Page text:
Health and Human Services Secretary Kathleen Sebelius plans to tell the House Energy and Commerce Committee on Wednesday that the private contractors who built HealthCare.gov are at fault for the site's many problems.
"To build the Marketplace, CMS [the Centers for Medicare & Medicaid Services] used private sector contractors, just as it does to administer aspects of Medicare," Sebelius says in her prepared testimony. "CMS has a track record of successfully overseeing the many contractors our programs depend on to function. Unfortunately, a subset of those contracts for HealthCare.gov have not met expectations."
Sebelius gives no further explanation in her opening remarks for the website's persistent problems, though she's sure to get a grilling from the Republican-led committee. More than two dozen House Republicans have, and Sen. Lamar Alexander, R-Tenn., the top Republican on the Senate health committee, joined them on Tuesday.
"Expecting this secretary to be able to fix in a few weeks what she has not been able to fix during the last three and one half years is unrealistic," Alexander said in a statement. "At some point there has to be accountability."
Another administration official, CMS administrator Marilyn Tavenner, testified before the House Ways and Means Committee on Tuesday andto the American people for the flawed website. While the Ways and Means Committee members had a number of tough questions for Tavenner, they also directed their criticisms at Sebelius.
"Six months ago, Health and Human Services Secretary Sebelius told this committee a dozen times that the administration 'will be ready October 1,'" Ways and Means Committee Chairman Dave Camp, R-Mich., said in his opening statement. "We now know the administration was not ready and, just last week, Secretary Sebelius suggested they 'could have used 5 years' to get the exchanges up and running... Frankly, three years should have been enough."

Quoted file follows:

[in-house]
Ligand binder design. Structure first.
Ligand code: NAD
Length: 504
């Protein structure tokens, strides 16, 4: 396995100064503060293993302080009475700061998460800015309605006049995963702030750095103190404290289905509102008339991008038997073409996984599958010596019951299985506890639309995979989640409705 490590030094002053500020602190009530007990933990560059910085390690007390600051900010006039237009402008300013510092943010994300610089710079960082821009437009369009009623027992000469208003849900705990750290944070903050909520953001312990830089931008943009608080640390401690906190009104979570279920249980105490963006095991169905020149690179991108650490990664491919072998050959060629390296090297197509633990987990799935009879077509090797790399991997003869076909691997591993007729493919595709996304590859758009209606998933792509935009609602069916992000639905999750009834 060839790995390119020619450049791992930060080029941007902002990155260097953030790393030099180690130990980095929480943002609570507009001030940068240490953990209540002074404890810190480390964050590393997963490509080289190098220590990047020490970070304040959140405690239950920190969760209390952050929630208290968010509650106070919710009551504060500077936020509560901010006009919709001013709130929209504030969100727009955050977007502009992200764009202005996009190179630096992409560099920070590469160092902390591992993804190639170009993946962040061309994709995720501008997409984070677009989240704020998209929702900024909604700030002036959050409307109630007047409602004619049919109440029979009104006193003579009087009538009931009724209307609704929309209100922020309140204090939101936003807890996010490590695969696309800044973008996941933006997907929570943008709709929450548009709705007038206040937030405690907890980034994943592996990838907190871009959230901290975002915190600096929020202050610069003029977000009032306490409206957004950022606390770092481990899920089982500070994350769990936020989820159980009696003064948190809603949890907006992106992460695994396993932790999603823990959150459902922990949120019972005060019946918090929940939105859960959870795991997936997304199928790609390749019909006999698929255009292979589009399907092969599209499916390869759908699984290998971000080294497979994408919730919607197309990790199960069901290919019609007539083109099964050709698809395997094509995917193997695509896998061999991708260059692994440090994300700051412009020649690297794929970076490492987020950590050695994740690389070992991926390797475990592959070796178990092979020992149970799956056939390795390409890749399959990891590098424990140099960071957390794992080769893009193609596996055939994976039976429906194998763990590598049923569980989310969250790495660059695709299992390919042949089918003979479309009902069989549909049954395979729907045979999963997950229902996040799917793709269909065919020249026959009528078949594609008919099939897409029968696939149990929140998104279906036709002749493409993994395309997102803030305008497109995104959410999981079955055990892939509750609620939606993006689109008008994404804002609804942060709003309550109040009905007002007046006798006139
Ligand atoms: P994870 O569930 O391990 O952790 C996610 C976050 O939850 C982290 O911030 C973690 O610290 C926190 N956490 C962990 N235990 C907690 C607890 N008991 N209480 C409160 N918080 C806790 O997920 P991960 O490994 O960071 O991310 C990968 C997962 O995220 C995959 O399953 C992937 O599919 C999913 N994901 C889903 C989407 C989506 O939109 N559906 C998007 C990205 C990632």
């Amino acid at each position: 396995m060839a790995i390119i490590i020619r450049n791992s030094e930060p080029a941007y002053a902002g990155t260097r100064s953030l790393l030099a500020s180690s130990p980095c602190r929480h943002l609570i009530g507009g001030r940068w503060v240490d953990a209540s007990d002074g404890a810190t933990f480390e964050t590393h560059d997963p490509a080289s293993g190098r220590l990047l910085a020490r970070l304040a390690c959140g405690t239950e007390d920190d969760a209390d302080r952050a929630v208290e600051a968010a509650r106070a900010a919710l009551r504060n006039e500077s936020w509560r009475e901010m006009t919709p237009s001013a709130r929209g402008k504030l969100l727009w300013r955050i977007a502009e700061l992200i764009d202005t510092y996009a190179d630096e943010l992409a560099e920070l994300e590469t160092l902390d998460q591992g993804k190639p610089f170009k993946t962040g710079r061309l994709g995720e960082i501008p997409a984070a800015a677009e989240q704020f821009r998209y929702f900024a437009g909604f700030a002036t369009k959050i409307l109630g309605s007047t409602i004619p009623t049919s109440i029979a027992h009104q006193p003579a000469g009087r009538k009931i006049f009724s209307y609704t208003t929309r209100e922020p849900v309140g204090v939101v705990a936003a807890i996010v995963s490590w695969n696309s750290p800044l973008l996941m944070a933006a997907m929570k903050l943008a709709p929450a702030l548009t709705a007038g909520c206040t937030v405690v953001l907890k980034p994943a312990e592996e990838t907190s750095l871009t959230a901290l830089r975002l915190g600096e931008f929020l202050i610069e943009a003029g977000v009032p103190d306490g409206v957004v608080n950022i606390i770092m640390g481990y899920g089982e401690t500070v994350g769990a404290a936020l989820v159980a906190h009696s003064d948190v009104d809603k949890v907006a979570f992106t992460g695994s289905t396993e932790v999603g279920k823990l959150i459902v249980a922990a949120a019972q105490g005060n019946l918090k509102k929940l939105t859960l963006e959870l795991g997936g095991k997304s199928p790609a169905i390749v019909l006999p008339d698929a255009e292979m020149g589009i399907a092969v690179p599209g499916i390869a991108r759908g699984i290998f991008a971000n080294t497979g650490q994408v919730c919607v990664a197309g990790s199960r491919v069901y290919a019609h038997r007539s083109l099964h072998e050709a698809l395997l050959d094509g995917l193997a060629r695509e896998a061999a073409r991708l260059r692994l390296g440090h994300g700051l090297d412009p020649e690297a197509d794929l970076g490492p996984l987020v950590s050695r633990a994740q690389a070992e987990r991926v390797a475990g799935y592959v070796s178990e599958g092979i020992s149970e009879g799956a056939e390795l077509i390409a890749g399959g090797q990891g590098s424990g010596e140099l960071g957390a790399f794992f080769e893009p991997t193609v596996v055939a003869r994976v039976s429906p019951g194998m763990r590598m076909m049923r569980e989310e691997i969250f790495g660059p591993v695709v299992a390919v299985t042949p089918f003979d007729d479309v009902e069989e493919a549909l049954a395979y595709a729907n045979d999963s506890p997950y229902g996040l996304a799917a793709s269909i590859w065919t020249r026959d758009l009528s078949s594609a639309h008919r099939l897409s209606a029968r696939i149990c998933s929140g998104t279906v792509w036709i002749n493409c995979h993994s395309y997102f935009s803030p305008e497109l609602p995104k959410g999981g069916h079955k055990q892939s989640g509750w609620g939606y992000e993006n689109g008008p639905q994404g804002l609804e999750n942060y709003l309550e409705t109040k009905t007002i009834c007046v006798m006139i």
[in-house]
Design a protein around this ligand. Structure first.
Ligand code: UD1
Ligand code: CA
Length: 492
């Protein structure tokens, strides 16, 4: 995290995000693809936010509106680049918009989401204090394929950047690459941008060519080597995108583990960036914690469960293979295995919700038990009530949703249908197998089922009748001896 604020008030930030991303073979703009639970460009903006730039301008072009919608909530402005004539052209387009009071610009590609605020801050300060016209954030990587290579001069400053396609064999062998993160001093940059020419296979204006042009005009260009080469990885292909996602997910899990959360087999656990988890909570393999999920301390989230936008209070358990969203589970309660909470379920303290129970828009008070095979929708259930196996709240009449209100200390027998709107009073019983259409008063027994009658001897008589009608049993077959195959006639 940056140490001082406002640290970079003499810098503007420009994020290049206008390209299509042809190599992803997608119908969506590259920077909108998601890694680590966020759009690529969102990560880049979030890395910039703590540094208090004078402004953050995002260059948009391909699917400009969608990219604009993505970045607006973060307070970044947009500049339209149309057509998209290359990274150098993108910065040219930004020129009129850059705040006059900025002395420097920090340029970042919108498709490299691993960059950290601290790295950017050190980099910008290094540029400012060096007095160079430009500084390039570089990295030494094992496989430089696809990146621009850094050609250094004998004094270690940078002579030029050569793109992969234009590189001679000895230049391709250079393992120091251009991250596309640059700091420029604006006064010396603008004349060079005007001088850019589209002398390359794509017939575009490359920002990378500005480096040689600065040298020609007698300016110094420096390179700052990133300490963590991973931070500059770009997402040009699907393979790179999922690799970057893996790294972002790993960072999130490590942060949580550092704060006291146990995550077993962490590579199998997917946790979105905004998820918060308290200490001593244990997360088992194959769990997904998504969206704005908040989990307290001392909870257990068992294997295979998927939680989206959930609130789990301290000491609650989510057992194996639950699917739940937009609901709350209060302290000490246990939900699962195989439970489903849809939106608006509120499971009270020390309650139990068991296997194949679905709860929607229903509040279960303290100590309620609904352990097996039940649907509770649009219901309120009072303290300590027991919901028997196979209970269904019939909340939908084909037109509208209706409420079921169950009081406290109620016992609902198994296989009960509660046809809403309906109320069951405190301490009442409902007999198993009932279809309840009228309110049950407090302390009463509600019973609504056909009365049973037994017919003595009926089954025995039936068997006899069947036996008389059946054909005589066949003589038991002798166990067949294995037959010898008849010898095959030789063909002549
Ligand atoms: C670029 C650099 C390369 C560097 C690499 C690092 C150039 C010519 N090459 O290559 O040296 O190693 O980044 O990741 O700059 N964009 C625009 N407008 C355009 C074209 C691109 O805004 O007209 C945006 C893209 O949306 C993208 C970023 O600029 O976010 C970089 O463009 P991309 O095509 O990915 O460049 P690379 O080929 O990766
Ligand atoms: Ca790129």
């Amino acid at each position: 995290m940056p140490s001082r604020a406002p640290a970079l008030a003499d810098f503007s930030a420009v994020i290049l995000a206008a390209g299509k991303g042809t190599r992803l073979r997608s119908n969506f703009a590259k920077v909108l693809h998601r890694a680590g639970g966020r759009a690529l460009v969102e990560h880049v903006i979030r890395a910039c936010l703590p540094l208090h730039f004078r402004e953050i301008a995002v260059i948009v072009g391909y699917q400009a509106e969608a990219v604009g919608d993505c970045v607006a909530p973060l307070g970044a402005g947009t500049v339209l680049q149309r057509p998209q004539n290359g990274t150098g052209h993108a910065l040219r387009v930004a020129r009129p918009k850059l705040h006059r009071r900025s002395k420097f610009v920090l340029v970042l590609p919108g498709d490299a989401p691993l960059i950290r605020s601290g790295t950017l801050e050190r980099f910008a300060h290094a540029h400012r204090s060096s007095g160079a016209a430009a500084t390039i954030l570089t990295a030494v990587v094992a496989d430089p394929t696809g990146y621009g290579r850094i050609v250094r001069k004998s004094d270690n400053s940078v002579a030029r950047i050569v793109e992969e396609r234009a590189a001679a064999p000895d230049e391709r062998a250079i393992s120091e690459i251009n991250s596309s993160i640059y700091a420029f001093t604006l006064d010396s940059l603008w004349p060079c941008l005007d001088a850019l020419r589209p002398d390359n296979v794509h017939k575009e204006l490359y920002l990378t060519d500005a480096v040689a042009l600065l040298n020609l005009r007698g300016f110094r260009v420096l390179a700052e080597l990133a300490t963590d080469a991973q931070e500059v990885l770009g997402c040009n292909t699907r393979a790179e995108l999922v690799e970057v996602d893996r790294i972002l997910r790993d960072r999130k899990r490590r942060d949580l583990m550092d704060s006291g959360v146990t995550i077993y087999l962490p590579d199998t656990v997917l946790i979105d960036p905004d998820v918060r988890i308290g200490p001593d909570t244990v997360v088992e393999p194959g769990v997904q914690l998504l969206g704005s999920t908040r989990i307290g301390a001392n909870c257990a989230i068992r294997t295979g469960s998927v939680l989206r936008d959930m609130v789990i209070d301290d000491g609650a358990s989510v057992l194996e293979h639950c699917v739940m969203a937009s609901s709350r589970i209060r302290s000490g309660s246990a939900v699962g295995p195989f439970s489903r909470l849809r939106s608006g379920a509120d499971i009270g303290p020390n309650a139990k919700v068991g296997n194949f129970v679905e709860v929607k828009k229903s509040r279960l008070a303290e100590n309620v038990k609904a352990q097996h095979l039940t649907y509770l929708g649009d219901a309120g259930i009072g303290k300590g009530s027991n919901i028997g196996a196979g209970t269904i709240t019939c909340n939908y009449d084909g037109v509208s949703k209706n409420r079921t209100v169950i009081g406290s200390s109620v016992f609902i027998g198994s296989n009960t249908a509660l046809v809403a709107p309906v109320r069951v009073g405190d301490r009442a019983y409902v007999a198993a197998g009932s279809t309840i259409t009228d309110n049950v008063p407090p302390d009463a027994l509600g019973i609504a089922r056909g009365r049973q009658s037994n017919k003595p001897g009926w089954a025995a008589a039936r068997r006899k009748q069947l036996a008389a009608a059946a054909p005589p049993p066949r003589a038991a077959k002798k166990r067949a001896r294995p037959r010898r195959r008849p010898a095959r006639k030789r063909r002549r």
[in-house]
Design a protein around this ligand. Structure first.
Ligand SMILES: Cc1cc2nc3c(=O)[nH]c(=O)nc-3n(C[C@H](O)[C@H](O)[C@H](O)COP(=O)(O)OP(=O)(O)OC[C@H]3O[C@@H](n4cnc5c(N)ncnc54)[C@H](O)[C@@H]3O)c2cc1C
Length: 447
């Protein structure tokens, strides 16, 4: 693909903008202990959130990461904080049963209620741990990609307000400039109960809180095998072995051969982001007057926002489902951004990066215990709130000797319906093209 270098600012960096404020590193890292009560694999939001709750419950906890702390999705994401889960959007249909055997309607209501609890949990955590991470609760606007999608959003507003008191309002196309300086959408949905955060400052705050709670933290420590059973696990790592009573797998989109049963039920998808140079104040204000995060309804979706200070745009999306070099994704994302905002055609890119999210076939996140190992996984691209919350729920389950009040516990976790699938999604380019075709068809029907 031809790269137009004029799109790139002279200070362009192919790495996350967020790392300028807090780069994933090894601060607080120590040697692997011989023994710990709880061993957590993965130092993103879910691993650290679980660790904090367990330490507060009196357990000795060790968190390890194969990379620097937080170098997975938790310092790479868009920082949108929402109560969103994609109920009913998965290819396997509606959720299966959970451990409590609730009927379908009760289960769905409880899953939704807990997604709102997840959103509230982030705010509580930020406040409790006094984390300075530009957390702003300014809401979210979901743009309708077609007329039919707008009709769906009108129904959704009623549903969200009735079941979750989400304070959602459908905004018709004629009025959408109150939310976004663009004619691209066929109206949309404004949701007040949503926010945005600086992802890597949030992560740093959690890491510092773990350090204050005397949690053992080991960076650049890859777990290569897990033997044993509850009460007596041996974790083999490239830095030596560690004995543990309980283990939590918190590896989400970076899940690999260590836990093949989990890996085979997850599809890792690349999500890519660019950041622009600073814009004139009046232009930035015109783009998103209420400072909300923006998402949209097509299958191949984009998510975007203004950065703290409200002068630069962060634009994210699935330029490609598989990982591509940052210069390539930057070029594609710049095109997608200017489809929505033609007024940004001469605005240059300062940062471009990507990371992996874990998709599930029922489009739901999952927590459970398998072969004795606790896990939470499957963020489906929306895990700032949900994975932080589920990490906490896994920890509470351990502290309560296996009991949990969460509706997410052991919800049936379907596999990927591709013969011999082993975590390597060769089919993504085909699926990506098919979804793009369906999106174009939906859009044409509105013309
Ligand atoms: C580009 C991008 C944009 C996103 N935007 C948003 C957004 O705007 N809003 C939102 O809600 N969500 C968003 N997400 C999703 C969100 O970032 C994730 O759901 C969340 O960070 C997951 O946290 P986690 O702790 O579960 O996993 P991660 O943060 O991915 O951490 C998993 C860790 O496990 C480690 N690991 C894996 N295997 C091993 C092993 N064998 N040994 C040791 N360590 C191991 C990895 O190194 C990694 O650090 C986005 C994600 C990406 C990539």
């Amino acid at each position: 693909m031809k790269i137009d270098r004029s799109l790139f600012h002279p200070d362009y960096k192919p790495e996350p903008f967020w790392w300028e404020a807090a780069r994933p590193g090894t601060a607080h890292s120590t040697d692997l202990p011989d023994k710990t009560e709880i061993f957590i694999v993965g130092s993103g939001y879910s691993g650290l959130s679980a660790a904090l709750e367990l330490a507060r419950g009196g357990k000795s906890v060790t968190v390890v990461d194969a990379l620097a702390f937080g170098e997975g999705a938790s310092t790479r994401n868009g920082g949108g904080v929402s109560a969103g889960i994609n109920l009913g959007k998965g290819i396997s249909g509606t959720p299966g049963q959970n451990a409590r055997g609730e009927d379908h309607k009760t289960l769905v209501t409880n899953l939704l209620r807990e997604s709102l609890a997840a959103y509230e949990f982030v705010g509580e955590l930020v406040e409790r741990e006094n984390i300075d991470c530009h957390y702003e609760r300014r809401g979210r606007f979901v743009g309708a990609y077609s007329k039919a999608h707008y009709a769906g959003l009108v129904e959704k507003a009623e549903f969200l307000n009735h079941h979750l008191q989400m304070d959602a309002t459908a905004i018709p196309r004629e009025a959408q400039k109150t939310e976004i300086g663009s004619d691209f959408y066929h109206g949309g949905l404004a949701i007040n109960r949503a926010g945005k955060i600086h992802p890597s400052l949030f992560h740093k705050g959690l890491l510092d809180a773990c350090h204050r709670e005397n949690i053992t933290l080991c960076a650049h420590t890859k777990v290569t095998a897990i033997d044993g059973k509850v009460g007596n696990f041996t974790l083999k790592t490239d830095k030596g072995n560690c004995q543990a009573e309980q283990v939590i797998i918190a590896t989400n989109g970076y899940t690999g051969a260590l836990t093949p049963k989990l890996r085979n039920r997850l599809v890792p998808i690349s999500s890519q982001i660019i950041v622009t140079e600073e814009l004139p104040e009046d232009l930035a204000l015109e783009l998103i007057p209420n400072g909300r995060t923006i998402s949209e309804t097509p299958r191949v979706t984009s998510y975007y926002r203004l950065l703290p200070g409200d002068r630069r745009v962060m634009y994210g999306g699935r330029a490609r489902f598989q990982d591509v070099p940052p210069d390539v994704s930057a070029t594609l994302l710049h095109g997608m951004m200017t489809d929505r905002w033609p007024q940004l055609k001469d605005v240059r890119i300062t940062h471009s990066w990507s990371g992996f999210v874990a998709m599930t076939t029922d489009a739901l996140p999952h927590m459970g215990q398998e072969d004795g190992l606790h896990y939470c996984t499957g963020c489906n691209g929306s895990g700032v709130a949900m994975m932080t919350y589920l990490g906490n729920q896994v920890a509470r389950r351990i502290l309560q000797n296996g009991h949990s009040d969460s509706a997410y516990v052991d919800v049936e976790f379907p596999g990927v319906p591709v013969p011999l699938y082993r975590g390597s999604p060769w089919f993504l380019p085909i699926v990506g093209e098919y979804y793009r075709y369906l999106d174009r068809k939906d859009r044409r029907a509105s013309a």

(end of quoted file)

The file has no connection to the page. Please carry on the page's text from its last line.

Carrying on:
Last week, three contractors responsible for building HealthCare.gov testified before the House Energy and Commerce Committee, and. The contractors confirmed that when the federal website was tested just days before its Oct. 1 launch, it crashed after just a few hundred people logged on. The decision to launch the site anyway rested solely with CMS, they said.
Additionally, the contractors said that CMS was responsible for the "end-to-end" testing necessary to ensure all the disparate parts of HealthCare.gov -- built by separate contractors -- worked together.
While Sebelius' prepared statement doesn't say anything else about the source of the site's problems, it does promise speedy improvements.
"We continue to add more capacity in order to meet demand and execute software fixes to address the sign up and log in issues, stabilizing those parts of the service and allowing us to remove the virtual 'waiting room,'" Sebelius says in her statement. "Today, more individuals are successfully creating accounts, logging in, and moving on to apply for coverage and shop for plans. We are pleased with these quick improvements, but we know there is still significant, additional work to be done."
Her opening statement also emphasizes the competitive rates available on the new marketplace created by Obamacare.
"The bids submitted by insurers provide clear evidence that the Marketplace is encouraging plans to compete for consumers, resulting in more affordable rates," Sebelius said. Not only did the initial premiums in the marketplace, she says, but some insurers have lowered their rates even further.
"In Oregon, two plans requested to lower their rates by 15 percent or more," she says. "New York State has said, on average, the approved 2014 rates for even the highest coverage levels of plans individual consumers can purchase through its Marketplace (gold and platinum) represent a 53 percent reduction compared to last year's direct-pay individual market rates."
While Sebelius will testify before the Energy and Commerce Committee on Wednesday, President Obama will travel to Boston to speak on the importance of health insurance.